Hawaii Volcanoes National Park, Hawaii (CNN)
Picture a volcano spewing a river of molten lava burning so hot that it burrows its way through the Earth, moving so fast that a human couldn't outrun it.
That's what happened on the Big Island of Hawaii at what is now Hawaii Volcanoes National Park.
The lava flow from the Kilauea volcano left behind massive lava tubes as evidence of its destructive path, scientists say.
While the Hawaiian Islands were created by 70 million years of volcanic activity that continues today, the lava tubes were created only about 500 years ago, they say.
In honor of the National Park Service's centennial celebration this year, which is also the park's 100th anniversary, Hawaii Volcanoes National Park is giving a few visitors the chance to take a guided tour of one pristine tube called Puapo'o.
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The tube was discovered in 1991 when workers putting up pig fences deep in the forest happened upon it.
The park welcomed more than 1.8 million visitors in 2015, but only about 600 will get to venture inside Puapo'o in 2016.
Most of the lava tubes in the park are closed to the public to protect them. Puapo'o is hidden in the rainforest, far from the trails in the 520 square miles of the park.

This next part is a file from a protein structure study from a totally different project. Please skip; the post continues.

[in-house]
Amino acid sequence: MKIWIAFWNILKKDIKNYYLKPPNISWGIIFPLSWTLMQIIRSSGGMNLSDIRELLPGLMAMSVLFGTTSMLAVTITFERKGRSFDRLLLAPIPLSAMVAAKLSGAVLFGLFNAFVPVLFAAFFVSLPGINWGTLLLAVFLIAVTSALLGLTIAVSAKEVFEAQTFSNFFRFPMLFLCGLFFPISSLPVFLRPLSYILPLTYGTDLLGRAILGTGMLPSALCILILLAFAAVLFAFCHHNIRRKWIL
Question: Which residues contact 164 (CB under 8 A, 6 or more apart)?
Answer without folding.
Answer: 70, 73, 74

Friends of Hawaii Volcanoes National Park, a nonprofit that supports the park service here, wants to keep it that way.
"It's so delicate in here, and it's so fragile," said Ab Kawainohoikala'i Valencia, a Friends tour guide giving CNN a tour. "We don't want people to just come in here and do things they shouldn't be doing."
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The 4-mile hike to Puapo'o, which includes a 500-foot elevation change, takes some physical strength. Visitors are required to wear long-sleeved shirts and pants and are outfitted with gloves, hard hats and headlamps.
A flashlight is also helpful, because it's pitch black inside the cave.
After climbing down to the opening, the entrance is obscured by flora. Large chunks of fallen lava create the rocky path that visitors must find their way over and around throughout the mile-long journey.